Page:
The shocking murder instantly became a national hit. President Emmanuel Macron, along with several ministers, arrived at the crime scene, thanked the law enforcement officers for their decisive actions, and expressed support and solidarity to the colleagues of the murdered teacher. The president called the attack “an attempt on the values ​​of the republic, on the education of free citizens.” Macron was not shy about catchy phrases, promising that “obscurantism and violence will not pass,” and “terrorists will not be able to split society.” Le Parisien reported that a national farewell ceremony would be organized near Paris. The French authorities have also promised an effective strategy for responding to threats that may come to teachers. Other political and public leaders have also condemned and promised tough measures.

Meanwhile, despite the loud statements of politicians, for France this murder can hardly be called an exception or a kind of one-time shock. According to the TASS news agency, the murdered teacher became the 259th victim of terrorists in the five years that have passed since the resonant attack on the editorial board of the satirical weekly Charlie Hebdo due to the publication of cartoons of the Prophet Muhammad. Then Islamist militants armed with machine guns shot 12 people. And just three weeks ago, an 18-year-old Pakistani attacked two of its employees near the old editorial building, where the Premier Lin office is now located. He later explained that the motive was the re-publication of the cartoons of the prophet.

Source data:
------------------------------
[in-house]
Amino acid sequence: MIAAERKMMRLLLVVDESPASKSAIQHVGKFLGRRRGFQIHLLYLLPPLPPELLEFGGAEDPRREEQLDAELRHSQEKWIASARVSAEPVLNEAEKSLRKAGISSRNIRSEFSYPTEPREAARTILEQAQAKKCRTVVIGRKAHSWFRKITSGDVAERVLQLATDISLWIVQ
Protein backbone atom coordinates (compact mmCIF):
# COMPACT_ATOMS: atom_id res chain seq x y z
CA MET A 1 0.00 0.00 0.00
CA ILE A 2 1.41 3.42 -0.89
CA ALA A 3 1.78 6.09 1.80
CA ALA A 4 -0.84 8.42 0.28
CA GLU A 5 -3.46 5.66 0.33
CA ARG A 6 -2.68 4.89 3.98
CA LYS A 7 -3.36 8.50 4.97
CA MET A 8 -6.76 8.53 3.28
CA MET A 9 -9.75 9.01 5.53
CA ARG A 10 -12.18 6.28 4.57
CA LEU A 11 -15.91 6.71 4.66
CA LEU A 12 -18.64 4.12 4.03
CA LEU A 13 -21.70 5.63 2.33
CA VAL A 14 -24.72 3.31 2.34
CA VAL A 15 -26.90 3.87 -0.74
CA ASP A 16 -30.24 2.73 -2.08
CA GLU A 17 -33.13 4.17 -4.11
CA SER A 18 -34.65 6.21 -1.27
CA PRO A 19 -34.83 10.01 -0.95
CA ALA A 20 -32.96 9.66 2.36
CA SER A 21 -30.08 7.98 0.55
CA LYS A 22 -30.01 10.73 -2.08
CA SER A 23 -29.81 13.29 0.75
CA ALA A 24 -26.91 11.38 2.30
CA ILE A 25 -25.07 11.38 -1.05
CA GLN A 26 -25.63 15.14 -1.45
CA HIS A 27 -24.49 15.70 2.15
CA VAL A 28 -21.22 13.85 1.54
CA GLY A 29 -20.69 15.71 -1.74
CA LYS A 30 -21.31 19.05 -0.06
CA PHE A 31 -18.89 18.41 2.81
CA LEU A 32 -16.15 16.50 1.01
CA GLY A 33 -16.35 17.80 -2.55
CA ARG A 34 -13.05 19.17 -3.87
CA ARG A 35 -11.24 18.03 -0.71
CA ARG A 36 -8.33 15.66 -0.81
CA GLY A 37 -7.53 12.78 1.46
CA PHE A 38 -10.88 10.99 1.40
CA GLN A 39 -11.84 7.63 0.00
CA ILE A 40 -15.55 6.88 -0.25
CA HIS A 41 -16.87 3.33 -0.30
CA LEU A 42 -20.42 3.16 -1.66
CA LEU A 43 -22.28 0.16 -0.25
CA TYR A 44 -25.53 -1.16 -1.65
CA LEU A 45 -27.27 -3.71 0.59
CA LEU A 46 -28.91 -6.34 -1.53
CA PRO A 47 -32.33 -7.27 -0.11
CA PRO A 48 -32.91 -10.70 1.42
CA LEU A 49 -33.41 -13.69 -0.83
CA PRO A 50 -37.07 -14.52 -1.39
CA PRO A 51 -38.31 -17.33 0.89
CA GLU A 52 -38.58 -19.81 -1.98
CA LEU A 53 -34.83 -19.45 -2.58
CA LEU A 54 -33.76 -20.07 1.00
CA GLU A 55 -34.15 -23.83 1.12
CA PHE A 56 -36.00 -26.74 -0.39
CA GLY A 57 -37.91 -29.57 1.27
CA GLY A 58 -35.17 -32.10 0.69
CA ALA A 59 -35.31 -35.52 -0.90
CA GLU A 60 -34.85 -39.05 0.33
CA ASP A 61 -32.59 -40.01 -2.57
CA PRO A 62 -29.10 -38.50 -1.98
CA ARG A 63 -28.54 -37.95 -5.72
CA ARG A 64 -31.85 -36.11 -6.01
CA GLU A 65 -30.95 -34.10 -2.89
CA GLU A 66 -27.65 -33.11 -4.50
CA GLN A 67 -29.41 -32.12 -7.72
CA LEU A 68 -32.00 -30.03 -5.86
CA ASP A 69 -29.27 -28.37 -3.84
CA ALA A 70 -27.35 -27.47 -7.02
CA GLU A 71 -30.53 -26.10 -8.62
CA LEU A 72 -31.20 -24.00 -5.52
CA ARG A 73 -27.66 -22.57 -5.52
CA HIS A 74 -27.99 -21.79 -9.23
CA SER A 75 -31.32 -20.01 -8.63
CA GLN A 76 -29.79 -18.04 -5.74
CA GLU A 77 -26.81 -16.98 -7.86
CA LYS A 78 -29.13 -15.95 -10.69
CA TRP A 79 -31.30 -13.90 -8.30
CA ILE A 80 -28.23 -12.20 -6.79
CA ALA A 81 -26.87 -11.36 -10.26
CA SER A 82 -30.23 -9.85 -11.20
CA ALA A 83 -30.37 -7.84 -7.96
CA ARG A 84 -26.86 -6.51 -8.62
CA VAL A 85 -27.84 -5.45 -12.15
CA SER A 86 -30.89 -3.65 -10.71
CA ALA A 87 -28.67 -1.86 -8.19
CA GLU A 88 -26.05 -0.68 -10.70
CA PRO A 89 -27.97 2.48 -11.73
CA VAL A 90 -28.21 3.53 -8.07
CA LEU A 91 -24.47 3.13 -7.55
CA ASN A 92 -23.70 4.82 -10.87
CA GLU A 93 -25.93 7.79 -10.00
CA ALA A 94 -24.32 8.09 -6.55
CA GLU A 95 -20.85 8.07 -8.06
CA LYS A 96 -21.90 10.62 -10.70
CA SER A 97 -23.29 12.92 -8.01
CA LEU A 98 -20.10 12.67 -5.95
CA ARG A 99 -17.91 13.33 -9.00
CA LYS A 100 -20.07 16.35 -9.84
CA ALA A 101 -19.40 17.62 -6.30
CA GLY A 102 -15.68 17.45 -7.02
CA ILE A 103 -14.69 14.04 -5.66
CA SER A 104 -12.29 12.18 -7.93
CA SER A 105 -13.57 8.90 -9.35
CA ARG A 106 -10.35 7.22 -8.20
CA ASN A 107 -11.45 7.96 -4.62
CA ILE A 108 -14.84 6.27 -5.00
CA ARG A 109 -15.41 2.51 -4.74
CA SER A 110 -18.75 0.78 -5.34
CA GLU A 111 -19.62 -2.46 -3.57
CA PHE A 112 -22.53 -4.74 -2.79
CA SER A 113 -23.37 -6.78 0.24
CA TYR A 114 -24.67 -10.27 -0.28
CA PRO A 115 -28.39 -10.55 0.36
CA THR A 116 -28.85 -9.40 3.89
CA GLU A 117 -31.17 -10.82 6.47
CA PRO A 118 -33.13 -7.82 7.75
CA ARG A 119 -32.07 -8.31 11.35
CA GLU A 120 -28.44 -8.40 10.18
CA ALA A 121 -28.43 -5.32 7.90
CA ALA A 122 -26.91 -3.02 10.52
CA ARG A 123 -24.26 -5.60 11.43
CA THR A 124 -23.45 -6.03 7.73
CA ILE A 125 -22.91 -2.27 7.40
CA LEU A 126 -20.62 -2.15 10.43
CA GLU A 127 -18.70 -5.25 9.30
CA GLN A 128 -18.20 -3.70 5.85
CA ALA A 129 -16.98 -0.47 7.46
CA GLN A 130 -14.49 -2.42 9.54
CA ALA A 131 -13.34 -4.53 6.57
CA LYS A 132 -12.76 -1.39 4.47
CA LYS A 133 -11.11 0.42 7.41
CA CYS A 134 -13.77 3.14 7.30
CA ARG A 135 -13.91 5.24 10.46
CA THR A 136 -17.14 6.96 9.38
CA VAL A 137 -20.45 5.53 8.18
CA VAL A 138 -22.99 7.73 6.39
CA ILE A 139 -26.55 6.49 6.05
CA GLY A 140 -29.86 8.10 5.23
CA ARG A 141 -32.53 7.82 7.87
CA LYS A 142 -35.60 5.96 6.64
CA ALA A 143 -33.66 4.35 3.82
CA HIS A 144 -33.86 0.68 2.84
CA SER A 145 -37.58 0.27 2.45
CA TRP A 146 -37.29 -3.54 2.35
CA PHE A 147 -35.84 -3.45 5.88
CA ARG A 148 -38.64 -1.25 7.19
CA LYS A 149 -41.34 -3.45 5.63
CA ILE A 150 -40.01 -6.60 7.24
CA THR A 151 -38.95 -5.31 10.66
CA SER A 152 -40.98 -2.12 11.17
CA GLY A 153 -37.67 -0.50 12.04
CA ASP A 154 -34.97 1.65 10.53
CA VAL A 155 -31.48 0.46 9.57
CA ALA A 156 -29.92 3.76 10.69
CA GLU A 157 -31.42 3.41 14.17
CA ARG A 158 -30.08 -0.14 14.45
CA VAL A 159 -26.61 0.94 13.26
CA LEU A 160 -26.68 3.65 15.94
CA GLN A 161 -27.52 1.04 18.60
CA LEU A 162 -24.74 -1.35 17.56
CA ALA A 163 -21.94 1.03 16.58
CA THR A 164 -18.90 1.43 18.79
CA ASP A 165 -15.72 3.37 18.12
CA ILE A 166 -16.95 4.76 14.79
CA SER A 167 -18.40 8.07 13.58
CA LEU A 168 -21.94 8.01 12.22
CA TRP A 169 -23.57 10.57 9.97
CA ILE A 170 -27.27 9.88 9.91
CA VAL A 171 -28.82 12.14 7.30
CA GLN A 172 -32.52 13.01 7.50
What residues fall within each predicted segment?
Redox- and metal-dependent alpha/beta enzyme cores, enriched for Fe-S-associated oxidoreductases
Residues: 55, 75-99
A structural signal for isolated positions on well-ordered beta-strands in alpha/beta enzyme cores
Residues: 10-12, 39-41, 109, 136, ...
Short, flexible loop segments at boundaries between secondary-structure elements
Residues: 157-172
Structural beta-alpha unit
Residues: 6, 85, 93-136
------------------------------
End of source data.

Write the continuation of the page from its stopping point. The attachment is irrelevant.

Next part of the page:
But, as in the situation with Charlie Hebdo, and with the murder of a school teacher, the French authorities made it clear that they do not intend to assess the situation with cartoons of the prophet. Prime Minister Jean Casteks in an interview with the newspaper Le journal du Dimanche, answering the question of whether it is necessary to study cartoons of the Prophet Muhammad at school, said: “They have become an integral part of history, and it is up to the teachers to discuss them in class or not. and not the prime minister. There is no doubt that those who teach knowledge to our children should remain free to do so. This freedom is not negotiable. “